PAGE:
By the year 2000, Shenzhen had become a fun place to visit (and today, we don’t even have to hassle with the border crossing). Not only did I visit to teach XMU MBA courses in Shenzhen, but our entire family enjoyed exploring this growing city which seems even more modern than Hong Kong – but a lot more spacious.


When I told a reporter I moved to China because Chinese food was too expensive in America, I was only half joking. I love Chinese food and Shenzhen is the place to sample all Chinese and foreign cuisines. Almost every Shenzhen resident comes from somewhere else in China or abroad, and all brought their own cuisines with them. Just a short walk from our hotel we could find restaurants serving every kind of Chinese food imaginable, as well as Thai, Vietnamese, Korean, Japanese, French, Italian, Mexican, German, Russian, Turkish – even British fish and chips.


One of my favorite places is the Food Street on Bagua Road. It comprises nine streets of diverse restaurants, some of them open until 2 or 3 am. Another area popular with both locals and foreigners is the Overseas Chinese Town Food Street, in the Huaxia Art Center.


We can not only eat every kind of cuisine in Shenzhen but also visit most of the world’s famous landmarks without leaving the city. The 48-hectare Window of the World has 130 exquisitely detailed reproductions of famous international landmarks, including a 1/3 scale model of France’s Eiffel Tower and the Palace of Versailles, Germany’s Cathedral of Cologne, the Acropolis of Greece, Italy’s Coliseum and Leaning Tower of Pisa, Russia’s Moscow Kremlin and the Winter Palace of St. Petersburg, India’s Taj Majal, Egypt’s pyramids, the U.K.’s Stonehenge and Buckingham Palace, America’s Mount Rushmore, White House and Statue of Liberty, and many more.


We can also visit all of China in one day at the Splendid China and Chinese Folk Culture Village. The folk culture village reminds me of the people I met during my 40,000 km drive around China in 1994 – but it doesn’t take three months to see it all!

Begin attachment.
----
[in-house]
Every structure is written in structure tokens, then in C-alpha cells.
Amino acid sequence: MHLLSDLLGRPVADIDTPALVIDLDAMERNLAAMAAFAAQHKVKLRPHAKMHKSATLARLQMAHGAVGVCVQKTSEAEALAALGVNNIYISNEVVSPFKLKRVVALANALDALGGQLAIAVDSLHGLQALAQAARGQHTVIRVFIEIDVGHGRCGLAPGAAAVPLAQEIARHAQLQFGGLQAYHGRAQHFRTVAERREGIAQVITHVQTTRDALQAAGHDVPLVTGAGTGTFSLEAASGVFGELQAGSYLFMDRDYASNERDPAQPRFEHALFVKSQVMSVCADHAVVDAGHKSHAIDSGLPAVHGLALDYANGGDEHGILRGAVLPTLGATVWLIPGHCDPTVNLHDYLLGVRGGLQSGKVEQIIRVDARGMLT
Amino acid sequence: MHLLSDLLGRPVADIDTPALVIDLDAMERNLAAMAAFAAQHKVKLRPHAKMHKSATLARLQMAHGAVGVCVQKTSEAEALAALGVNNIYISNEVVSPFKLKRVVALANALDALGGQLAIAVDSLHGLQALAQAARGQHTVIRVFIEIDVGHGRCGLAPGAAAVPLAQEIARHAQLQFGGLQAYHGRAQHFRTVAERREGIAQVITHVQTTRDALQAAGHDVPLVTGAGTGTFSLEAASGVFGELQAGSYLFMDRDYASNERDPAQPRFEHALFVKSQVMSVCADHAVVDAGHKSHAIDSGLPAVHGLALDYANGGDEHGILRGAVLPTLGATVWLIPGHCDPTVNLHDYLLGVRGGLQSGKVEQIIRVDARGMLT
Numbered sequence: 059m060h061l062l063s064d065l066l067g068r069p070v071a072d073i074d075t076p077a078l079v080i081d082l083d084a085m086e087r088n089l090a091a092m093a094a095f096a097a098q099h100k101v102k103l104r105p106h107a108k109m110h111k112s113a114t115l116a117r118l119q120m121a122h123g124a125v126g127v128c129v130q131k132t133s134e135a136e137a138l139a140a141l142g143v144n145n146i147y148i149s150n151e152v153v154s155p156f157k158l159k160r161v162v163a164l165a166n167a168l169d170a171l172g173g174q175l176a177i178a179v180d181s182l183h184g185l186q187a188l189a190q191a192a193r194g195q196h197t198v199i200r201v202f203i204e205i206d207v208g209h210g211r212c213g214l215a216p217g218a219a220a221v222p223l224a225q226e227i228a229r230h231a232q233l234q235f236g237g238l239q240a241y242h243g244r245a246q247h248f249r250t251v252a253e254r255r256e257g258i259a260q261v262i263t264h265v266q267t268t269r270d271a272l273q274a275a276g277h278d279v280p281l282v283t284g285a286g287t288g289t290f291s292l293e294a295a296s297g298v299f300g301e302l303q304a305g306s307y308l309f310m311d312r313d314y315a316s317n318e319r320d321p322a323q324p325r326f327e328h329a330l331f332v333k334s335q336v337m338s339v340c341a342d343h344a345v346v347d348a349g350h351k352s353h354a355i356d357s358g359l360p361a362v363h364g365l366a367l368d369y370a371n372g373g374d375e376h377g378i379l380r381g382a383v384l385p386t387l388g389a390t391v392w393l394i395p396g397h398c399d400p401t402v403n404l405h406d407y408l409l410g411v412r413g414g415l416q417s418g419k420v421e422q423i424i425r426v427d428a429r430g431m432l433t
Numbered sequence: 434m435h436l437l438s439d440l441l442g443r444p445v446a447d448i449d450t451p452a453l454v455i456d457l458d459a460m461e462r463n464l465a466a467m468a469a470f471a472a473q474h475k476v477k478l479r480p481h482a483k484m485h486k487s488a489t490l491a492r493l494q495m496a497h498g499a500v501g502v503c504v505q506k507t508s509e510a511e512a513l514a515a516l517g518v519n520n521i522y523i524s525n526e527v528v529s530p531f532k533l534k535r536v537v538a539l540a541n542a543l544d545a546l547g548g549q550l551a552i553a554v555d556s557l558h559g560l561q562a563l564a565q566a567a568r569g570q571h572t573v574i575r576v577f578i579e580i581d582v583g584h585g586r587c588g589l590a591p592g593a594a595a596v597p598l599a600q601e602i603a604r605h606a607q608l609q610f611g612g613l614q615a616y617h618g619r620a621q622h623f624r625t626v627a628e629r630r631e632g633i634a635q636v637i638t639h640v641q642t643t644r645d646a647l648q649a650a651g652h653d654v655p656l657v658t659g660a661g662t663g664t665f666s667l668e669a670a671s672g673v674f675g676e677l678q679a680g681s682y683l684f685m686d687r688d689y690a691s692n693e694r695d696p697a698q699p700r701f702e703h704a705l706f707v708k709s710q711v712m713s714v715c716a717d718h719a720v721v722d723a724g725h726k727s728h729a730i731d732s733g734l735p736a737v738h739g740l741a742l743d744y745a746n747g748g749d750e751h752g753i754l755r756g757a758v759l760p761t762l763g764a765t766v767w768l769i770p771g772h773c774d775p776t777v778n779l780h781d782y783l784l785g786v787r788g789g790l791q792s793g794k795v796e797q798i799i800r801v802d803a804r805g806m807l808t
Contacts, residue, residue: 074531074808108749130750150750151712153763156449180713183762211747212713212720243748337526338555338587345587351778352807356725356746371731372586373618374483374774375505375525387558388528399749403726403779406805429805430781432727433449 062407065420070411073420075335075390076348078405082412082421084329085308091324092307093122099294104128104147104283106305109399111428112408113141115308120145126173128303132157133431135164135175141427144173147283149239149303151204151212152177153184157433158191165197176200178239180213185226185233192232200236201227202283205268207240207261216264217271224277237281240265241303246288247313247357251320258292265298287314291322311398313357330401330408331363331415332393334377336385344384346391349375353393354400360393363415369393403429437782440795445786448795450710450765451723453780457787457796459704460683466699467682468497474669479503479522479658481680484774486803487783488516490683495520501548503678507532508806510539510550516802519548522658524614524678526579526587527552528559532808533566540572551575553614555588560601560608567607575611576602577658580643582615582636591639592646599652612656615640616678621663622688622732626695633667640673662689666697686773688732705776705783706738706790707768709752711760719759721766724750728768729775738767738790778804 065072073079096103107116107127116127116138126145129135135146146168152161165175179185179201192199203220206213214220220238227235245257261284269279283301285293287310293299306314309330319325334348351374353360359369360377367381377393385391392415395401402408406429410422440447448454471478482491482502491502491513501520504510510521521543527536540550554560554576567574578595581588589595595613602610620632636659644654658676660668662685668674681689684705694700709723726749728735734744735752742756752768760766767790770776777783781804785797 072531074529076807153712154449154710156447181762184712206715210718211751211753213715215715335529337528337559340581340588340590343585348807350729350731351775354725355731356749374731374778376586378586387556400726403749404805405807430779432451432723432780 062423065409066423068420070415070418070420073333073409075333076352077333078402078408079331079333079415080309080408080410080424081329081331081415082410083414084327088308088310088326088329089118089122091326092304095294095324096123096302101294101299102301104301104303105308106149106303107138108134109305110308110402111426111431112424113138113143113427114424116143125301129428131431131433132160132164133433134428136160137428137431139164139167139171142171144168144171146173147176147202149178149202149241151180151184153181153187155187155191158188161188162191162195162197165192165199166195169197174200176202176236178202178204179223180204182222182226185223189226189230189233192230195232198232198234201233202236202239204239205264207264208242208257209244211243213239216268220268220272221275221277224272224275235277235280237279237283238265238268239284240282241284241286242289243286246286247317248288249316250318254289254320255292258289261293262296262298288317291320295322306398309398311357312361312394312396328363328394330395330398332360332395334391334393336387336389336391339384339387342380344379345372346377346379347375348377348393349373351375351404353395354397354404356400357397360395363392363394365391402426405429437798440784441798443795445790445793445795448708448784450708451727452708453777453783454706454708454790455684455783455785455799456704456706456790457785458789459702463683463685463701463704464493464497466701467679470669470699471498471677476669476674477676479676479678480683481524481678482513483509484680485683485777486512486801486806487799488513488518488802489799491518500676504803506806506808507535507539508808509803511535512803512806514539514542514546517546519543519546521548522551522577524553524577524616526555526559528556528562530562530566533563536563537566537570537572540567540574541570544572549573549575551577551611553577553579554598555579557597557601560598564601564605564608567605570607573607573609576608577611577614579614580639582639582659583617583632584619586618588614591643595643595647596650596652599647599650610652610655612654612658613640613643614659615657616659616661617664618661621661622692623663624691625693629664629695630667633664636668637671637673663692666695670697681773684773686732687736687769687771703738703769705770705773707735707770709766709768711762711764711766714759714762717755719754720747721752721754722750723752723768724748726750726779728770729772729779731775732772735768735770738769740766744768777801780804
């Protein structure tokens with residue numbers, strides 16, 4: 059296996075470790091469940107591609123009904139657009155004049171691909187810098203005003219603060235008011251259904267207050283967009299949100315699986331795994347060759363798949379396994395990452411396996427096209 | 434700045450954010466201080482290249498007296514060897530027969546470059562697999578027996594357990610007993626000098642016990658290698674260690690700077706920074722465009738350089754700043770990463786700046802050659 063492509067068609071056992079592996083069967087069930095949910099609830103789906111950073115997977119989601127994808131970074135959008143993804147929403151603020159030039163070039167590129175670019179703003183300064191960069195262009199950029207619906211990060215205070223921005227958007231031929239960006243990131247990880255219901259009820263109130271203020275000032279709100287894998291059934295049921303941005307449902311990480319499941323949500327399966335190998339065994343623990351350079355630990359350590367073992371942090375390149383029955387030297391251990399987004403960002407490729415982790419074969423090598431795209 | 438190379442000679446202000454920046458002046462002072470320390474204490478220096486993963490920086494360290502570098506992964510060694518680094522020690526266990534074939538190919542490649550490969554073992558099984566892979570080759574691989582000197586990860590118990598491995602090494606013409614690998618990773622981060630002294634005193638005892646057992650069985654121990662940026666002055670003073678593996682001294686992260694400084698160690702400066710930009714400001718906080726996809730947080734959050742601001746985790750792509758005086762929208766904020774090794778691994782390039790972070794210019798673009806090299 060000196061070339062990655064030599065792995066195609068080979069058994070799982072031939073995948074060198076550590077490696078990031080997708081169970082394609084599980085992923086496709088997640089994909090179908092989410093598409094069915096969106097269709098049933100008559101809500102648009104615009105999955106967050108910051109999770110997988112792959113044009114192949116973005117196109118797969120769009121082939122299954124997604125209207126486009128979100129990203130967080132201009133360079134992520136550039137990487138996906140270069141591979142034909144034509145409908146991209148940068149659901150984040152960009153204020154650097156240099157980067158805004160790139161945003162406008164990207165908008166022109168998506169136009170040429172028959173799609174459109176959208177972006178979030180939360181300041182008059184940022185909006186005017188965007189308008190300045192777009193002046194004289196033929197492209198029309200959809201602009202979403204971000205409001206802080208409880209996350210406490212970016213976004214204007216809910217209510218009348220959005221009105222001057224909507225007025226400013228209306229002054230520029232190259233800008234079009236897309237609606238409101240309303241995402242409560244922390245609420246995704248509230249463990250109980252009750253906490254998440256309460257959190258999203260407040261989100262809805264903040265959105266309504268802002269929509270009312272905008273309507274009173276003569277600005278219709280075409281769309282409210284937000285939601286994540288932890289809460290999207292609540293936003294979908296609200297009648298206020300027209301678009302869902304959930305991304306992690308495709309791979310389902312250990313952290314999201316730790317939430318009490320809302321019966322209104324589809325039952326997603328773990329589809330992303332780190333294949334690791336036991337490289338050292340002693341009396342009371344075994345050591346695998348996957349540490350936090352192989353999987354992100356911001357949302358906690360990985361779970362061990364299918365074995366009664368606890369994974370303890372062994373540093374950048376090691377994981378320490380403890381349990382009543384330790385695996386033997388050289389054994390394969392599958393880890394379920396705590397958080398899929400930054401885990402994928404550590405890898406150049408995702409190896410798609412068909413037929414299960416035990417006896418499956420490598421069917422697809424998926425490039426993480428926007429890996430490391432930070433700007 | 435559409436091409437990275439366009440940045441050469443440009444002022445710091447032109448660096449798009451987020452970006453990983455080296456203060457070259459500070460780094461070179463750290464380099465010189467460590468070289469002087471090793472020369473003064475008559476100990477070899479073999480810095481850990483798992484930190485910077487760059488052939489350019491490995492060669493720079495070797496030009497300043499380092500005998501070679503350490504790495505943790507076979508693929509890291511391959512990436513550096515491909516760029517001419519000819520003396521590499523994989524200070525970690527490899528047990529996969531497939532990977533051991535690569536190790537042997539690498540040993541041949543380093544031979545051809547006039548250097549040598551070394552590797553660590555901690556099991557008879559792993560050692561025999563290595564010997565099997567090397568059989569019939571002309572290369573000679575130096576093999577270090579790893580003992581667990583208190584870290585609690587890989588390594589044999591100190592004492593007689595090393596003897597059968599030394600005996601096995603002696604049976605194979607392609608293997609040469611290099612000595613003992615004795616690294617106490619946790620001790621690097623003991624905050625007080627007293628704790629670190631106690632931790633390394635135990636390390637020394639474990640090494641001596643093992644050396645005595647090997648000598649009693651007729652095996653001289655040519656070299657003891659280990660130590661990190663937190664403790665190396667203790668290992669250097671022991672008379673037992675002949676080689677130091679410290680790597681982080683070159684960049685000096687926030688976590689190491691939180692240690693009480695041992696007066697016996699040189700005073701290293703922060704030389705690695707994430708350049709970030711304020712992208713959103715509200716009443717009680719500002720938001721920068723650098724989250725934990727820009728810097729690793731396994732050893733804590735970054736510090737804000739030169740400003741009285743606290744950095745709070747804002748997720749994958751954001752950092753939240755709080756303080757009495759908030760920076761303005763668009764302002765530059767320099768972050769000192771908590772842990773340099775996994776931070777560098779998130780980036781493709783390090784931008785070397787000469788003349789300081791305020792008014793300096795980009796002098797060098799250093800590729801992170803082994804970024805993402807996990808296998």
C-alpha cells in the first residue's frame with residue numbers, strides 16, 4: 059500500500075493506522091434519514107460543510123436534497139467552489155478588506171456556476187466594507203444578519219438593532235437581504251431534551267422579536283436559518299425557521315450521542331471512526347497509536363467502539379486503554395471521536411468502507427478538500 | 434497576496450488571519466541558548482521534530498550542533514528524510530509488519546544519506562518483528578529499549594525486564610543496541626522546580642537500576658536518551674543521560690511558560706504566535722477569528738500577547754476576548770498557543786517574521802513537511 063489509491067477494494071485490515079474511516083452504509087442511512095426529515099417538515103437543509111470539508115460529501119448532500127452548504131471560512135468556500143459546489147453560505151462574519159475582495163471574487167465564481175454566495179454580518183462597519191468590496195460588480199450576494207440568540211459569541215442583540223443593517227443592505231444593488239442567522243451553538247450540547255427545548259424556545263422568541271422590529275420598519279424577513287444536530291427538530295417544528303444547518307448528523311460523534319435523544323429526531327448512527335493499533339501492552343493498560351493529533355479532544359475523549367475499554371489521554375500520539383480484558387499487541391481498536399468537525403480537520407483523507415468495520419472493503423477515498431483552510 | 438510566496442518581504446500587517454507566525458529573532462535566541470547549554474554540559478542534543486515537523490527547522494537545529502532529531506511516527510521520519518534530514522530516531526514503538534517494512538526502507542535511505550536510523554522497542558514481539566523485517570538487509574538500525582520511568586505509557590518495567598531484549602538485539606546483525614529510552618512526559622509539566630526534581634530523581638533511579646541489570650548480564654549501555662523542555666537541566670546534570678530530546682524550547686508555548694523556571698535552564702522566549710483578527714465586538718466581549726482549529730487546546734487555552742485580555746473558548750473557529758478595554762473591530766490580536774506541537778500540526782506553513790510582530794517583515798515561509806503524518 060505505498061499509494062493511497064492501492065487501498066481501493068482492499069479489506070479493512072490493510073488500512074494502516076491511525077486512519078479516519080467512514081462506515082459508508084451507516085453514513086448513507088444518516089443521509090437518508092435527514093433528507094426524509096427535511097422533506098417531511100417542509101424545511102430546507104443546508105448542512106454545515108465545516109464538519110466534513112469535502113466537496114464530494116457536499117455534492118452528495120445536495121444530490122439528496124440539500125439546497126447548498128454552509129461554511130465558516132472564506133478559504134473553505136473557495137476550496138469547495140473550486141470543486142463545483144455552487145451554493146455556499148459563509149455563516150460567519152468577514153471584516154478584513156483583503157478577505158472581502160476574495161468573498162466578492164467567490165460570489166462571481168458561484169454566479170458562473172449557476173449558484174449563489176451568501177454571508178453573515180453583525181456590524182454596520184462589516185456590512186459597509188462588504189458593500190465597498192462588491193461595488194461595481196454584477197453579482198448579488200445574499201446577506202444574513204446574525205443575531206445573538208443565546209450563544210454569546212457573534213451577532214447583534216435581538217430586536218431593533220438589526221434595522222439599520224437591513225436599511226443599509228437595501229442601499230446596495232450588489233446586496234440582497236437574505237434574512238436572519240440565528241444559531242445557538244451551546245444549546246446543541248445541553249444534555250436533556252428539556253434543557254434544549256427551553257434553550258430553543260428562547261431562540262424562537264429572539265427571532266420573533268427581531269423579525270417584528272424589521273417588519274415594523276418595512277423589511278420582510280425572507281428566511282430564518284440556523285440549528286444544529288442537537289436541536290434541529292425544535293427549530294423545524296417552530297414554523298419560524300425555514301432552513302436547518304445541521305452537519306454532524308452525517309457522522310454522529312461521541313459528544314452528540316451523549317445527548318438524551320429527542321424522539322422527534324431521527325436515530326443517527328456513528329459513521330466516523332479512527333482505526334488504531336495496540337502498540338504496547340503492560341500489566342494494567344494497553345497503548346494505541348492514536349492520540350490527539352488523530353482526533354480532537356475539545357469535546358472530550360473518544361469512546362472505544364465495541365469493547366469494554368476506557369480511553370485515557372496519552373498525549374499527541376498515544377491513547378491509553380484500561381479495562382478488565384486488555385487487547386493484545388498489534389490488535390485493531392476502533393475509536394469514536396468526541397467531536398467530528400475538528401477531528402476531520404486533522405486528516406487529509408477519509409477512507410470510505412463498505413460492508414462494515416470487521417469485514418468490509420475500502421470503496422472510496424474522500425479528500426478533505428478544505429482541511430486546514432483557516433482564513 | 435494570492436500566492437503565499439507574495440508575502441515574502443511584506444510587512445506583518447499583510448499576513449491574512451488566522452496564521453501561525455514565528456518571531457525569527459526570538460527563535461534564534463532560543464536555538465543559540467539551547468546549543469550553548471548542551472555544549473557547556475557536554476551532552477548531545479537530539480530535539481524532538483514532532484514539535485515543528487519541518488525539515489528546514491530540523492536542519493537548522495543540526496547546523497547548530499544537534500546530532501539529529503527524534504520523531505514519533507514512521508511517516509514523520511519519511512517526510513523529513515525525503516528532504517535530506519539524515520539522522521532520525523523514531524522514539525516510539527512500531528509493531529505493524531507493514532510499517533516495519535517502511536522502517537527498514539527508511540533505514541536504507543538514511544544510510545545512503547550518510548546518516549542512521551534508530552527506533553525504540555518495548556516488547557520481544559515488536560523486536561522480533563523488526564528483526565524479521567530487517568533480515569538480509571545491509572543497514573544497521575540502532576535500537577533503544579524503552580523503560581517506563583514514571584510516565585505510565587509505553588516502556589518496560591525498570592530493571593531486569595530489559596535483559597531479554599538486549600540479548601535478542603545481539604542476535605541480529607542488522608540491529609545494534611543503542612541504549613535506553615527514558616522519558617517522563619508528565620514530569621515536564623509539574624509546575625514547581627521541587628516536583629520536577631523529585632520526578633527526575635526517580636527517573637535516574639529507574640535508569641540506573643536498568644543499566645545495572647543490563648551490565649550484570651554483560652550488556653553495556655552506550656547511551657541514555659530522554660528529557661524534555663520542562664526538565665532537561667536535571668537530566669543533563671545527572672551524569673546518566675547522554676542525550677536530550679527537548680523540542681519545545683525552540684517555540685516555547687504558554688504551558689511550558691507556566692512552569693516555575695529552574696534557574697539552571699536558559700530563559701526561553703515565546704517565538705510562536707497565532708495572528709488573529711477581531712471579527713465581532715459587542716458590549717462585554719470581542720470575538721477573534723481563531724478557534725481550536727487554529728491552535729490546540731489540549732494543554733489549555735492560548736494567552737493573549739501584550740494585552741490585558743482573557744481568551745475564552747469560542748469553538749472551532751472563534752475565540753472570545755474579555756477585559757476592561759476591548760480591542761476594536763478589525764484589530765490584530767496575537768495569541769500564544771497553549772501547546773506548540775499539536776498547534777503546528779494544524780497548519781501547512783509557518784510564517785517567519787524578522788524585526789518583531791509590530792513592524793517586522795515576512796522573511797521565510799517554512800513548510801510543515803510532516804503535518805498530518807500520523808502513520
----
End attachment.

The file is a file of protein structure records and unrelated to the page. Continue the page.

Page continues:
The village stages dramas, dances and comedy shows throughout the day, as well as several cultural festivals of the Dai, Miao, Mongolian ethnic minorities, including the Dai’s famous water splashing festival.


I also like Shenzhen Museum, which has over 20,000 relics, among which some have been proven to be more than 100 million years old, according to scientific records. The Ancient Shenzhen Exhibition is a trip through time from the Neolithic Age to the Qing Dynasty (1644-1911). But my favorite is the Shenzhen Folk Culture Exhibition, which showcases traditional Cantonese and Hakka culture. Of course, if you really want to know Hakka culture, visit the UNESCO-protected Hakka round houses in Fujian Province (I’ve visited over 30 times and am finishing a book on them).


In 1989, I’d never have guessed that the backwater city of Shenzhen would become such a vibrant, futuristic city with a rich culture and a large community of people from all over the world. No wonder it’s now one of my favorite towns.


Best of all, it is no longer a bumpy, 18 hour stop-and-go drive from Xiamen, but a smooth glide on a four-hour bullet train. One of these days, I might just hop the train to Shenzhen for lunch and return home to Xiamen for supper!  


DR. BILL BROWN is a professor at the Xiamen University MBA Center and Academic Director of its OneMBA program.